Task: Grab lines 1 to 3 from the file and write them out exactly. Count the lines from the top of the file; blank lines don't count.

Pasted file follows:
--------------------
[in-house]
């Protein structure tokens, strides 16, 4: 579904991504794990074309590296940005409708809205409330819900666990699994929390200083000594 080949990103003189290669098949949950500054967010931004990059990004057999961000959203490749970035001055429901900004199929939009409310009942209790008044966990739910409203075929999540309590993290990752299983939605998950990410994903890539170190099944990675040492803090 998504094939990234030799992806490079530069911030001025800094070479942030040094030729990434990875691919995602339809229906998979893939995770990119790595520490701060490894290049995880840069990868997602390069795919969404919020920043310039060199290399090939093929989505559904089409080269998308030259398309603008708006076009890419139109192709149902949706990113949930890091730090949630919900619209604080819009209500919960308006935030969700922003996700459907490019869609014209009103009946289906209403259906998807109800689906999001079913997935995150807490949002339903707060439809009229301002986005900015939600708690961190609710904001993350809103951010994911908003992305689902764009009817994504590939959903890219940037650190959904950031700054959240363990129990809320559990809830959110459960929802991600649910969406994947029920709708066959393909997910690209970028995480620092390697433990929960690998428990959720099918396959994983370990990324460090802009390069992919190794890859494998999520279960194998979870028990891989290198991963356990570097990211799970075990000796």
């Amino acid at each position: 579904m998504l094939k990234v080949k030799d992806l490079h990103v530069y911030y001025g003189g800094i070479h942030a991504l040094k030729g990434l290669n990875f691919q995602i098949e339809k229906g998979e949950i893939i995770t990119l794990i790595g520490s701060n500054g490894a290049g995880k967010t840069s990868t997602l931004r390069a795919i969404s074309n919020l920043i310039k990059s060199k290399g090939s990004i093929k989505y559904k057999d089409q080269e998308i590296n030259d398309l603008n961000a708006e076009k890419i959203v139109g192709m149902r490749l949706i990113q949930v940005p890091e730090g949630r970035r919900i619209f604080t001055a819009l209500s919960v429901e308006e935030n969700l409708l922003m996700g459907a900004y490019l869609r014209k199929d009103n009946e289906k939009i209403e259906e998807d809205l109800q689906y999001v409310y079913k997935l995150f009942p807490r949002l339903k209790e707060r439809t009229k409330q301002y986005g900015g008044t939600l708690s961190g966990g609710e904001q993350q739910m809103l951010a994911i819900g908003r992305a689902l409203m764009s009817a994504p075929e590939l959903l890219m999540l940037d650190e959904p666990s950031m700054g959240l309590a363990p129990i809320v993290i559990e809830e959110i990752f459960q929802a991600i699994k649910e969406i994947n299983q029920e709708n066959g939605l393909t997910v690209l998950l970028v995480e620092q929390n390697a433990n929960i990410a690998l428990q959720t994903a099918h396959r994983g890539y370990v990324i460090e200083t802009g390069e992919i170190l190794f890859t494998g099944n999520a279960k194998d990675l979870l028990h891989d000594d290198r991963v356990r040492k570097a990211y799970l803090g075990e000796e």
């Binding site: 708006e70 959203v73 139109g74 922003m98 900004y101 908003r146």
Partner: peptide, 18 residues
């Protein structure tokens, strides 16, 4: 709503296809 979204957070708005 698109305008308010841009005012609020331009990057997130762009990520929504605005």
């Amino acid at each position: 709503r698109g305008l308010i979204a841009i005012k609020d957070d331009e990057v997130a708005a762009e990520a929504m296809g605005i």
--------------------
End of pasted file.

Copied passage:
[in-house]
């Protein structure tokens, strides 16, 4: 579904991504794990074309590296940005409708809205409330819900666990699994929390200083000594 080949990103003189290669098949949950500054967010931004990059990004057999961000959203490749970035001055429901900004199929939009409310009942209790008044966990739910409203075929999540309590993290990752299983939605998950990410994903890539170190099944990675040492803090 998504094939990234030799992806490079530069911030001025800094070479942030040094030729990434990875691919995602339809229906998979893939995770990119790595520490701060490894290049995880840069990868997602390069795919969404919020920043310039060199290399090939093929989505559904089409080269998308030259398309603008708006076009890419139109192709149902949706990113949930890091730090949630919900619209604080819009209500919960308006935030969700922003996700459907490019869609014209009103009946289906209403259906998807109800689906999001079913997935995150807490949002339903707060439809009229301002986005900015939600708690961190609710904001993350809103951010994911908003992305689902764009009817994504590939959903890219940037650190959904950031700054959240363990129990809320559990809830959110459960929802991600649910969406994947029920709708066959393909997910690209970028995480620092390697433990929960690998428990959720099918396959994983370990990324460090802009390069992919190794890859494998999520279960194998979870028990891989290198991963356990570097990211799970075990000796």
């Amino acid at each position: 579904m998504l094939k990234v080949k030799d992806l490079h990103v530069y911030y001025g003189g800094i070479h942030a991504l040094k030729g990434l290669n990875f691919q995602i098949e339809k229906g998979e949950i893939i995770t990119l794990i790595g520490s701060n500054g490894a290049g995880k967010t840069s990868t997602l931004r390069a795919i969404s074309n919020l920043i310039k990059s060199k290399g090939s990004i093929k989505y559904k057999d089409q080269e998308i590296n030259d398309l603008n961000a708006e076009k890419i959203v139109g192709m149902r490749l949706i990113q949930v940005p890091e730090g949630r970035r919900i619209f604080t001055a819009l209500s919960v429901e308006e935030n969700l409708l922003m996700g459907a900004y490019l869609r014209k199929d009103n009946e289906k939009i209403e259906e998807d809205l109800q689906y999001v409310y079913k997935l995150f009942p807490r949002l339903k209790e707060r439809t009229k409330q301002y986005g900015g008044t939600l708690s961190g966990g609710e904001q993350q739910m809103l951010a994911i819900g908003r992305a689902l409203m764009s009817a994504p075929e590939l959903l890219m999540l940037d650190e959904p666990s950031m700054g959240l309590a363990p129990i809320v993290i559990e809830e959110i990752f459960q929802a991600i699994k649910e969406i994947n299983q029920e709708n066959g939605l393909t997910v690209l998950l970028v995480e620092q929390n390697a433990n929960i990410a690998l428990q959720t994903a099918h396959r994983g890539y370990v990324i460090e200083t802009g390069e992919i170190l190794f890859t494998g099944n999520a279960k194998d990675l979870l028990h891989d000594d290198r991963v356990r040492k570097a990211y799970l803090g075990e000796e």